Talking of opportunities, you recently brokered a deal between ANA and the erstwhile governor of Niger State, Babangida Aliyu, for the establishment of the Nigerian Writers Series which has seen the production of 10 books in its first instalment. Now that he has left office, what structures are in place to ensure the initiative does not die?

I am going there to further the series. While we ask our old sponsors to stay with us, we shall seek new sponsors for the project. The structure for the series is on ground as set by the current exco. What is left is to get new sponsors and probably register the series with CAC as we will do for the teen authorship scheme.

The current president of ANA, Remi Raji, is also about to leave office, and you have thrown your hat in the ring in a fierce contest against your friend, Denja Abdullahi for the presidency of ANA. What do you have to offer the association that he does not have?

I create programmes and implement them. This much I have stated over and over. I do not wait for others to create ideas for me to implement, I do both. I have tangible and intangible projects and programmes I designed and operated for the benefit of all: MBA Colloquium, the Hill-Top Arts Centre, Nigeria Writers Series, Minna Literary Series, National Teen Authorship Scheme, we sought and got a book agency in Niger etc. But more, if I say I will do, I do. God helps me all the time because the mind is pure, and always in service of others. It is more beautiful that way. Check my manifesto, read my interviews, you will discover that I am more practical than other contestants. All those ‘I will serve you well,’ ‘I will take ANA to a new level,’ we should ask, how? Members must ask where are the physical structures that the contestants have voluntarily undertaken in the past to give them the presidency of ANA? It is good to lean on people’s initiatives and do it well but not when you have a thinker and a doer around. This is the situation.

One of the criticisms levelled against ANA in recent times is that they have done little or nothing to address the poor book-distribution network in the country. Your manifesto also talks about “the limited or non-existent distribution networks” being the bane of ANA’s growth as an association. If you are elected president, how do you intend to solve this problem?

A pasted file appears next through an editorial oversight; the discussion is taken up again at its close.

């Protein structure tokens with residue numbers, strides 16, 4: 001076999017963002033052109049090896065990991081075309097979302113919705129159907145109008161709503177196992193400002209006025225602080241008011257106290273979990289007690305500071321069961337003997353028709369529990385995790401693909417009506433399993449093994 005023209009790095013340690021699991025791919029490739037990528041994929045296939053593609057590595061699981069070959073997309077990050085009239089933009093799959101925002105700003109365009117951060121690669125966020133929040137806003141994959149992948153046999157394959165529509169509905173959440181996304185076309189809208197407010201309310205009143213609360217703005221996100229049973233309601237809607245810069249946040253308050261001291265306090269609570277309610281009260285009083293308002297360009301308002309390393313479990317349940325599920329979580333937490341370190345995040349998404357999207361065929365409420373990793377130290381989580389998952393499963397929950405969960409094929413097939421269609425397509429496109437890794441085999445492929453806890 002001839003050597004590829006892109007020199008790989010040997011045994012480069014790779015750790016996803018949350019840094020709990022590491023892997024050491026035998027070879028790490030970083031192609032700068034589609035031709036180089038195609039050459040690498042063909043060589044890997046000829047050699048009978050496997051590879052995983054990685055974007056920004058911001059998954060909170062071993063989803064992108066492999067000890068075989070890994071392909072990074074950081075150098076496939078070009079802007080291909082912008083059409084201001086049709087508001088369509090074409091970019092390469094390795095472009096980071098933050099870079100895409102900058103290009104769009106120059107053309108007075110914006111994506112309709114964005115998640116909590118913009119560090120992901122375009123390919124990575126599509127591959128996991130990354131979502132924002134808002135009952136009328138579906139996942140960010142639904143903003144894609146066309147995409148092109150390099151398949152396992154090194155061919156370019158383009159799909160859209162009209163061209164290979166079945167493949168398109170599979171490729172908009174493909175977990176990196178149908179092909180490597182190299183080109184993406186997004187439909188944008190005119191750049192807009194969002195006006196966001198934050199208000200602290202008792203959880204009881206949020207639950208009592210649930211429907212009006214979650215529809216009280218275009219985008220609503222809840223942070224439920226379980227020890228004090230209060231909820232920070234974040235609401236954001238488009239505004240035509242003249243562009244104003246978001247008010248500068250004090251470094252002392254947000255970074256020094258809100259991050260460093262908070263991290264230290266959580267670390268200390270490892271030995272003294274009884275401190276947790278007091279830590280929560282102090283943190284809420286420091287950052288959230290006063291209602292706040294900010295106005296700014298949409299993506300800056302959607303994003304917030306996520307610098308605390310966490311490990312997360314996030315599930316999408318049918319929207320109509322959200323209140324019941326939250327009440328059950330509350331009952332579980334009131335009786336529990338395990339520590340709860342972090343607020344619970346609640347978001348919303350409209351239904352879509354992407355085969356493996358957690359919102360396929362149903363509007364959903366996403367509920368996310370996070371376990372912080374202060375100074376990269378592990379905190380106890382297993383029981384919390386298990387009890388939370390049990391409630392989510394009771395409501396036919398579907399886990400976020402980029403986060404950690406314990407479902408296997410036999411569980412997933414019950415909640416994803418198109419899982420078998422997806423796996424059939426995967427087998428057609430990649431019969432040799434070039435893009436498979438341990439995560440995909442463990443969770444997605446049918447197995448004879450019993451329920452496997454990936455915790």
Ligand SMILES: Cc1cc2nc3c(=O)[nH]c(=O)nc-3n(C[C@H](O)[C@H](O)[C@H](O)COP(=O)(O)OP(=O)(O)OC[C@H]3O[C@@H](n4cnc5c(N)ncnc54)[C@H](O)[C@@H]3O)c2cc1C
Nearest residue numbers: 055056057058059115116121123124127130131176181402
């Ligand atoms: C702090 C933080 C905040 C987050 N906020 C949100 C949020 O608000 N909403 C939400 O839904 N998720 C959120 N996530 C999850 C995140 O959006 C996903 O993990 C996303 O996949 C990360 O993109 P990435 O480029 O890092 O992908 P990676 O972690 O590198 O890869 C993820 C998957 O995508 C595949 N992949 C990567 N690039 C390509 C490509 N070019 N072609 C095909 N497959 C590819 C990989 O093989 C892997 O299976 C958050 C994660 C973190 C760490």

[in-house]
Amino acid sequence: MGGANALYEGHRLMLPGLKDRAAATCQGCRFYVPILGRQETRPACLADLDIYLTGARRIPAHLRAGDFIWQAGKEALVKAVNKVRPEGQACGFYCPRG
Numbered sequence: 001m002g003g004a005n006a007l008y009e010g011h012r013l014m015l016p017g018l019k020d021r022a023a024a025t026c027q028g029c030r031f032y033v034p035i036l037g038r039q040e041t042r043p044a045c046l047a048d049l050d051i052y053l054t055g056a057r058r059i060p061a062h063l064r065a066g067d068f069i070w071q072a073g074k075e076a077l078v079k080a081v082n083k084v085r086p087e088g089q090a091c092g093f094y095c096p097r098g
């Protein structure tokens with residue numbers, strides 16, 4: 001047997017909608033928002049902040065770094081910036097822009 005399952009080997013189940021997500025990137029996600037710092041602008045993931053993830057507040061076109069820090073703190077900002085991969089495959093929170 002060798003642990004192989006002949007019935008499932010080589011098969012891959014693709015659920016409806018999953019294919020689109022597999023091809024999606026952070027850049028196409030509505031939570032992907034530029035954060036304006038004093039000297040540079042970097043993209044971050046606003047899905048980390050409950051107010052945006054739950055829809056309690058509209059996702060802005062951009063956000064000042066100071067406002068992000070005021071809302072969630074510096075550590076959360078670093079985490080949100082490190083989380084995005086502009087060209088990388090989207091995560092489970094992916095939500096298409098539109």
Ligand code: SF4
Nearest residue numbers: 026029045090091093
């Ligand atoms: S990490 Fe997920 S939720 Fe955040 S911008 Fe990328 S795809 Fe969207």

I do not think it is the duty of ANA to distribute books. However, ANA can talk with bookshops, booksellers, publishers through a round table to re-engineer this aspect of book development. There is a lot to learn from Minna. See AMAB Bookshop in Minna, it is distributing books effectively around the country. Parresia is also distributing her books very well. We intend to organise a meet with these outfits to find ways of tackling this issue.

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BM Dzukogi

I noticed that your manifesto also talks about seeking government intervention in literature. How do you intend to convince those who are of the view that government patronage ends up compromising literature?

Who is government? The country’s resources in trust of government, we all own. They have a duty to release a part to Nigerian writers who are citizens of the country. We are not taking funding because it is not ours; we do because we are part-owners. How does it compromise literature? If ANA takes her money from the presidency, how does it compromise Dairo’s novel? How does it compromise Maryam’s Bonbel? See, I am not part of all those Odia Ofeimun’s theories o. Even Odia is soft-pedalling.

Still on the political front, do you think it is possible for a writer to get involved in politics without staining their conscience?

Dr. Okediran is still sane, isn’t he? Abubakar Gimba didn’t contest any election but he was with them, what did he do wrong? Shehu Sani is a Senator now. See, we must move to the centre to positively influence policies to make art and society work. To stay back is to be cowardice. No further excuse can be germane in my eyes.

Thank you for your time, sir.

Thanks man, be well.